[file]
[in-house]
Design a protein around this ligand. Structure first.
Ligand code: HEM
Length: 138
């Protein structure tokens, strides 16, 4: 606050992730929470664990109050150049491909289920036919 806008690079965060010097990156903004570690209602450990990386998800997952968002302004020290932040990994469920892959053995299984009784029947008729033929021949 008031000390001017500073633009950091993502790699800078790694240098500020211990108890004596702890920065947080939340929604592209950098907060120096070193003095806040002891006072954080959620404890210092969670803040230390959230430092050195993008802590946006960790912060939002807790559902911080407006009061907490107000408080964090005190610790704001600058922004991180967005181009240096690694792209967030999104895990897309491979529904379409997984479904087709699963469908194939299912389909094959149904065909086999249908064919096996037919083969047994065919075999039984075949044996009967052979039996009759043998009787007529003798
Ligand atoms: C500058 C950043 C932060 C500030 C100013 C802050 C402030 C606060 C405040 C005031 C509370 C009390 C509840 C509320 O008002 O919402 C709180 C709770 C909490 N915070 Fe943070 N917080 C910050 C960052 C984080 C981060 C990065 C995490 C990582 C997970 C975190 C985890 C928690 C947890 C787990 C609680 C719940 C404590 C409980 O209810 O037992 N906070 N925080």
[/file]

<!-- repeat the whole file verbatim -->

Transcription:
[in-house]
Design a protein around this ligand. Structure first.
Ligand code: HEM
Length: 138
């Protein structure tokens, strides 16, 4: 606050992730929470664990109050150049491909289920036919 806008690079965060010097990156903004570690209602450990990386998800997952968002302004020290932040990994469920892959053995299984009784029947008729033929021949 008031000390001017500073633009950091993502790699800078790694240098500020211990108890004596702890920065947080939340929604592209950098907060120096070193003095806040002891006072954080959620404890210092969670803040230390959230430092050195993008802590946006960790912060939002807790559902911080407006009061907490107000408080964090005190610790704001600058922004991180967005181009240096690694792209967030999104895990897309491979529904379409997984479904087709699963469908194939299912389909094959149904065909086999249908064919096996037919083969047994065919075999039984075949044996009967052979039996009759043998009787007529003798
Ligand atoms: C500058 C950043 C932060 C500030 C100013 C802050 C402030 C606060 C405040 C005031 C509370 C009390 C509840 C509320 O008002 O919402 C709180 C709770 C909490 N915070 Fe943070 N917080 C910050 C960052 C984080 C981060 C990065 C995490 C990582 C997970 C975190 C985890 C928690 C947890 C787990 C609680 C719940 C404590 C409980 O209810 O037992 N906070 N925080």